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Hitch Hiking Rules of Thumb

By Edited Mar 20, 2016 2 0

In January of 2009, I set out on a hitch hiking journey across the US (and some of Canada!)
Going North

Here are some of the tips and tricks I learned on my adventure.

A lot of the people who gave me rides used to hitch hike back in the 50's 60's and 70's.

That's back when you couldn't walk 2 steps without some kind soul offering you a ride.

But it's the 21st century honey and people are generally much more suspicious of hitch hikers.

I've waited up to a day for a ride.

That said, you CAN get rides and get to your destination on the cheap and here are some of the things you'll need to know.

Things You Will Need

- Backpack

- Nalgeen Water Bottle

- Sleeping Bag

- Knife

-A GREAT attitude

- Some cash and/or a credit card

- Resourcefulness

Step 1

If you'd like to get your panties all in a bunch about how people stereotype and it isn't fair, go right ahead.

But it won't move you a single mile from your spot on the highway.

The fact is that people have all of these notions in their head about hitch hikers:

That they're nuts, homeless, criminals, smelly, etc.

If you want to dramatically up your chances of getting rides, you need to address these issues.


First of all, shave.

I've had several people give me rides totaling 100's of miles who said they wouldn't have picked me up BUT they saw what a clean shaven young man I was and decided it was probably OK (even though I'm 6'1'' and rather sturdy).




Step 2

It's not that hard to find a place to brush your teeth and splash some water on your face, hair and armpits in the States.

Almost any gas station, restaurant, etc. will let you use their facilities even if you don't buy anything.

It's inevitable that you'll wind up stinky after spending all day outdoors and showering infrequently, but if you do your best, it's that much more likely that somebody will feel comfortable letting you into their car with them.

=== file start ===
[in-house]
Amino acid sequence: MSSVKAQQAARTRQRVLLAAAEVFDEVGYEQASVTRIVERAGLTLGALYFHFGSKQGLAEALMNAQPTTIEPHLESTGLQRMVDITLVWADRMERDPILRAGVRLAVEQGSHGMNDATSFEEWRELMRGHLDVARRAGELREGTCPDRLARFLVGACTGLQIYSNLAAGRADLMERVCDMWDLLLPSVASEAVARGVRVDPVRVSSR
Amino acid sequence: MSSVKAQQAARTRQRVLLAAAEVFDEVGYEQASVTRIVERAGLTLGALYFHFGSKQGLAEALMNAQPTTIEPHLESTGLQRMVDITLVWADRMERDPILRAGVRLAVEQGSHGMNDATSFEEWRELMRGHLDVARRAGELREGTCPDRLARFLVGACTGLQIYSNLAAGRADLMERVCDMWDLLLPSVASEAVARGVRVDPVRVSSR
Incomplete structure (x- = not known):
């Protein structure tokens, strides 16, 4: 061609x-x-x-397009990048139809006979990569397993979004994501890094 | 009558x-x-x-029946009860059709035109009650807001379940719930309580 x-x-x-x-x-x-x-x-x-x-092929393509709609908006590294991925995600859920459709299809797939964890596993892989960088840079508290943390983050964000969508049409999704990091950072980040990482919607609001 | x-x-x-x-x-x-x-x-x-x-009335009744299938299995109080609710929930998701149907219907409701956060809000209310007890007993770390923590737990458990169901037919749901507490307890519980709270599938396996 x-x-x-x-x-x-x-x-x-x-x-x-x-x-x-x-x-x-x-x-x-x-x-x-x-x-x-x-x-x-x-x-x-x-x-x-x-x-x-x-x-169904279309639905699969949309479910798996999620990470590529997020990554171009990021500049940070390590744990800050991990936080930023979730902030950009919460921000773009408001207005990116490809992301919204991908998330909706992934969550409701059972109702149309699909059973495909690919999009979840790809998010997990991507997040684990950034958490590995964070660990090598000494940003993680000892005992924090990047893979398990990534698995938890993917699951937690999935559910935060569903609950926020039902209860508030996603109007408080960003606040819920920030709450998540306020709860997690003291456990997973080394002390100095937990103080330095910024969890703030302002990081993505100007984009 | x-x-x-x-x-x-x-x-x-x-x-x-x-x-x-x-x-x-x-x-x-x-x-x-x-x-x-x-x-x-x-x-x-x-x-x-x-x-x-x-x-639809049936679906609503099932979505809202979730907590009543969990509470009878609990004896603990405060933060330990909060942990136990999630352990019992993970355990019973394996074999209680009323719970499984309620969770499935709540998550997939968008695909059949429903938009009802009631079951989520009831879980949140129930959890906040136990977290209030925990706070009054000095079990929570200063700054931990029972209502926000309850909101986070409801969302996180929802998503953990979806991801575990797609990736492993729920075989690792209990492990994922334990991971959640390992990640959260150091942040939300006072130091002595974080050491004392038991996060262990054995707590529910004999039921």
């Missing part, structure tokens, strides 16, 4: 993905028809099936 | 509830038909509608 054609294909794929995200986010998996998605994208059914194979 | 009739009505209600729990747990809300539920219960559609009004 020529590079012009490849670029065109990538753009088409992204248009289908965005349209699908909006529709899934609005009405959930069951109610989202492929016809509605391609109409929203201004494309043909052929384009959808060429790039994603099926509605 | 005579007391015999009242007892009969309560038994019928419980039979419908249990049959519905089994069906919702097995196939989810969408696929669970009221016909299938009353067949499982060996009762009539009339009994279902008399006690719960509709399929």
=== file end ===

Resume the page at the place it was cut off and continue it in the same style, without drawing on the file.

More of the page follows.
Gum is your friend.

If you can afford it, pick moisture wicking clothing for your adventure (you can get these in military surplus and hiking outfitters). These are usually synthetic fabrics that dry in a matter of hours, breathe well and don't retain scents nearly as much as the typical selection of fabrics.

Step 3

For the first few states I went through, I walked with my back to the road with my thumb out.

This is a bad idea for a couple of reasons.

1. You wind up doing a LOT of walking
2. People can't see your face and have a fantastic rationalization not to pick you up
3. It's almost like you're saying "don't give me a ride".

Your feet will kill you after so much walking and the highway isn't all flat either.

Construction, local terrain, road borders all force you to walk on uneven, constantly changing topography. This is just a false sense of progress.

You think you're making up time but you're not.

A much, much better way was suggest to me by a guy from Oregon who, with this girlfriend, gave me a ride and regaled me with his tales of hitchhiking through the Western States.

Stand in a conspicuous place and wave

After I started doing this, my rides came much faster and I didn't have to trudge like a camel anymore.

It's imperative that you find a central location that also has room ahead of you for a driver to pull off the road safely.

Stand and wave at the passing cars with a pleasant look on your face.


Step 4

Ok, so now somebody has pulled over for you. Awesome!

But before eagerly hopping in, you'll need to make sure the driver is OK.

My method was always the following:

I'd come up to the passenger's window and say enthusiastically "Hi! Thanks for stopping! Where are you headed?"

At this point, observe their body language and voice tone carefully.

If they're ambiguous about where they're going, that's a fishy sign. Everybody knows where they're going (except maybe you). They should at least have a highway or cardinal direction in mind (e.g. North, Up through Pennsylvania, etc.)